There has been a lot of discussion in the medical community regarding opioid use, opioid overdose, and illegal trafficking of opioids. The frequency of opioid overdose is rapidly increasing partly due to the increased use of prescription narcotics. In fact, drug overdose is the leading cause of accidental death in the United States, with opioids being the most common cause. Think about it, how many of your friends have Vicodin or Norco in their medicine cabinets? Do you? These are opioids.
Opioid overdose can happen when a person takes too much of an opioid or a combination of opioids and other substances, such as alcohol, sedatives, or stimulants. The problem is that “too much” can vary from person to person depending on their tolerance and the strength of the opioid being used. However, if this occurs, an opioid overdose should be addressed immediately. What are the signs of opioid overdose?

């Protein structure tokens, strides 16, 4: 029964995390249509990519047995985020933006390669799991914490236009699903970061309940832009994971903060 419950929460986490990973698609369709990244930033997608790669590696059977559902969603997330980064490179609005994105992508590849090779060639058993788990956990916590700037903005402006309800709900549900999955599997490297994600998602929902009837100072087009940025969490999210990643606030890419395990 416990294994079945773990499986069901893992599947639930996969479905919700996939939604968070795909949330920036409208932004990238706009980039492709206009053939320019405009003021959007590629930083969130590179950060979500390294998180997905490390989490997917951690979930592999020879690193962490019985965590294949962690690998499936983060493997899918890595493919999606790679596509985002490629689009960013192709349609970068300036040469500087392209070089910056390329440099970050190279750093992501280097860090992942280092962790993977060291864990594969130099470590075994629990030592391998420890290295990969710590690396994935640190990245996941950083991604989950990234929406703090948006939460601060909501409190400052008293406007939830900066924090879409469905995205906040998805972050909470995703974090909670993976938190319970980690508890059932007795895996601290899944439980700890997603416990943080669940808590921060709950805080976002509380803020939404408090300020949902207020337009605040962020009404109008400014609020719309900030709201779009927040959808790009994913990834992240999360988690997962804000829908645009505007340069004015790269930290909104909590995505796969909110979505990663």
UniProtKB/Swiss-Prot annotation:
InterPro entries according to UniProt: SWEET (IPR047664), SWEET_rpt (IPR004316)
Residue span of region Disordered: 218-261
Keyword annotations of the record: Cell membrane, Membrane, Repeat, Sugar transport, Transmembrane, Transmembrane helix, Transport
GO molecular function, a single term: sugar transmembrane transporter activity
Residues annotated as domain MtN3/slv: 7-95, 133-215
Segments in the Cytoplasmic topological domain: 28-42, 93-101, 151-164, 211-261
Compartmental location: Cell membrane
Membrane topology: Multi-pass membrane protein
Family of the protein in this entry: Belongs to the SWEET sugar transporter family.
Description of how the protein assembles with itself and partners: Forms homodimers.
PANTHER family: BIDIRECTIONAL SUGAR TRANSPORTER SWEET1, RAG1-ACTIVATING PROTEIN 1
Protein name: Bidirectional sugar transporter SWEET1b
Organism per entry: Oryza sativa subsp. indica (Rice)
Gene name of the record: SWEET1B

- Unresponsiveness or unconsciousness
- Shallow, slowed or stopped breathing
- Pinpoint pupils
- Snoring or gurgling sounds coming from the mouth
- Cold or clammy skin
- Blue lips or fingernails
Things to remember: an opioid overdose is a medical emergency. If you or someone you know uses opioids, it is important to carry naloxone in case of an overdose. If you or a loved one has opioid use disorder, talk to a healthcare provider as soon as possible. A trained provider can help guide you to the treatment you need. Opioid use disorder is a medical condition, it requires care just like any other condition. Stay well and stay informed!
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